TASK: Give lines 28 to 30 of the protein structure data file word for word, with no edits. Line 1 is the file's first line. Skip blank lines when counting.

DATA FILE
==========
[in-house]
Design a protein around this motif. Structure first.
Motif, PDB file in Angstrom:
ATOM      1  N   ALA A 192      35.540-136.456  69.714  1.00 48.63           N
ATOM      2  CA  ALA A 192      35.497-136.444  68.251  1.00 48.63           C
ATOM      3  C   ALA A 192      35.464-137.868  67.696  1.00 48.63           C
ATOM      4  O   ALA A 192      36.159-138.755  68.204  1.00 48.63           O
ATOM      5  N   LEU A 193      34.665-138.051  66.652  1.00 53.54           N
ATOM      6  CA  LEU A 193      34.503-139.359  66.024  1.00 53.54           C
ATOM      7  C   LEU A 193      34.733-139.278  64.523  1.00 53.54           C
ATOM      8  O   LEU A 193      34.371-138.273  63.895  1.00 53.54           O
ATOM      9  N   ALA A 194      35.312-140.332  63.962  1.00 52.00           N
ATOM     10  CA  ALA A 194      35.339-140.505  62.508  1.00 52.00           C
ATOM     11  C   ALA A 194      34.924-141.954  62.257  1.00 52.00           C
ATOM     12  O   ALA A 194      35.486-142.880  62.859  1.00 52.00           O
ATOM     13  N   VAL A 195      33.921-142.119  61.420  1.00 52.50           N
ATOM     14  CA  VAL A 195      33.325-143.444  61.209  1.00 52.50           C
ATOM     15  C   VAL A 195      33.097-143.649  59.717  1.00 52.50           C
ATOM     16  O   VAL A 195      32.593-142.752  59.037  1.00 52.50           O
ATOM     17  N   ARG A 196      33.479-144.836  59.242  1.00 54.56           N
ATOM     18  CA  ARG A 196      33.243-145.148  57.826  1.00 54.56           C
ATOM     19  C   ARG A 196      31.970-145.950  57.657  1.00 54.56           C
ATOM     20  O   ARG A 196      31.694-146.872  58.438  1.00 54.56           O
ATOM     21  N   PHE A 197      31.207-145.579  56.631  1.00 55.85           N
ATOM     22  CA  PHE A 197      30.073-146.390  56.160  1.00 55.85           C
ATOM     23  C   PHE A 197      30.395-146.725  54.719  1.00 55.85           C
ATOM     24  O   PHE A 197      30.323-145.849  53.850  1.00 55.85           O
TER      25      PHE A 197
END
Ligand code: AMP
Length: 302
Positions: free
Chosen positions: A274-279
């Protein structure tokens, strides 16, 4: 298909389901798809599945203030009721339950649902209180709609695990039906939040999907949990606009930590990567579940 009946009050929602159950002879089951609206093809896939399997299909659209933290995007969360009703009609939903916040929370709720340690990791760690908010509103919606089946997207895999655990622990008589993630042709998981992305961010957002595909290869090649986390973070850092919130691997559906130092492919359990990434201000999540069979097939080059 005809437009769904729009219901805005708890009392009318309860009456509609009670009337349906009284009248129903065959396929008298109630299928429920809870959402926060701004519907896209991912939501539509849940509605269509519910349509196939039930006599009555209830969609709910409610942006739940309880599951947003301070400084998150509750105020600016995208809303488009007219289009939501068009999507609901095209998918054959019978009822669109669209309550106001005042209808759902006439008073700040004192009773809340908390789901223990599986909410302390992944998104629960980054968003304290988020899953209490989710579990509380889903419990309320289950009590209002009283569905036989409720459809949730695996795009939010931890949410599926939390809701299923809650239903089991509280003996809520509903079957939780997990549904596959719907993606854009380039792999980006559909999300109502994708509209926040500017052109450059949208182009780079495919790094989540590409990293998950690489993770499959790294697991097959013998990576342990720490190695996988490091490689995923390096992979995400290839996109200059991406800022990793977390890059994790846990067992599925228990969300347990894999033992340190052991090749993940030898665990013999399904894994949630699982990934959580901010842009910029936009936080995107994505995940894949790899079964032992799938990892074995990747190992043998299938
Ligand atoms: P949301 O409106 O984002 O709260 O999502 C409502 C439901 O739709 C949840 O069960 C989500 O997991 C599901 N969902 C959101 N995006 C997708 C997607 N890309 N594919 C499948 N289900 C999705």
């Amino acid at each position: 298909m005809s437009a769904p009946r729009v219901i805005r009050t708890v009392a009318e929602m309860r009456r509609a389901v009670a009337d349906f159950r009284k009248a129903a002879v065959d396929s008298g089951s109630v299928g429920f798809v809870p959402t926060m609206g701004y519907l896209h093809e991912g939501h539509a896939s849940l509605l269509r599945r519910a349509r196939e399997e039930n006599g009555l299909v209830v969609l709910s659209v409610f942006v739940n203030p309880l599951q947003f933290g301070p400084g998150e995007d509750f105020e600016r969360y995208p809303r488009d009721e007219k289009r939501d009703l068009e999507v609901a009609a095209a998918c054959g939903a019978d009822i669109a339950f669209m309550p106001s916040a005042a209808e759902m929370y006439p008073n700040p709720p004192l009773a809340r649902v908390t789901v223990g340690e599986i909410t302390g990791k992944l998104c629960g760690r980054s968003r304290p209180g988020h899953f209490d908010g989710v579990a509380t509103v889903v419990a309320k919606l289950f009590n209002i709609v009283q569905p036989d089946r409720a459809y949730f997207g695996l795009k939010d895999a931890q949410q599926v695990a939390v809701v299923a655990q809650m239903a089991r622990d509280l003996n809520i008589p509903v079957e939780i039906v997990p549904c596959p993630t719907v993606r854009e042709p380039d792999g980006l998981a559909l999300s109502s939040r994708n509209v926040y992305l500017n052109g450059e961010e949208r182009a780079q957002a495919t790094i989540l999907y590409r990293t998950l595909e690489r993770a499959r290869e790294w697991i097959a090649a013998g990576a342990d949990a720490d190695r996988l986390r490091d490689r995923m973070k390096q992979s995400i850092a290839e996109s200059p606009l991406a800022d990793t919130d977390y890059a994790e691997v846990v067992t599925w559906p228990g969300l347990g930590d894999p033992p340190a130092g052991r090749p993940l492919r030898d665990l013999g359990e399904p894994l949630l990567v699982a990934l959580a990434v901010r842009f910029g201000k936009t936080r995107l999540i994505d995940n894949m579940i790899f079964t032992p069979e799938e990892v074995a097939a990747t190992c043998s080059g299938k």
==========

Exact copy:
TER      25      PHE A 197
END
Ligand code: AMP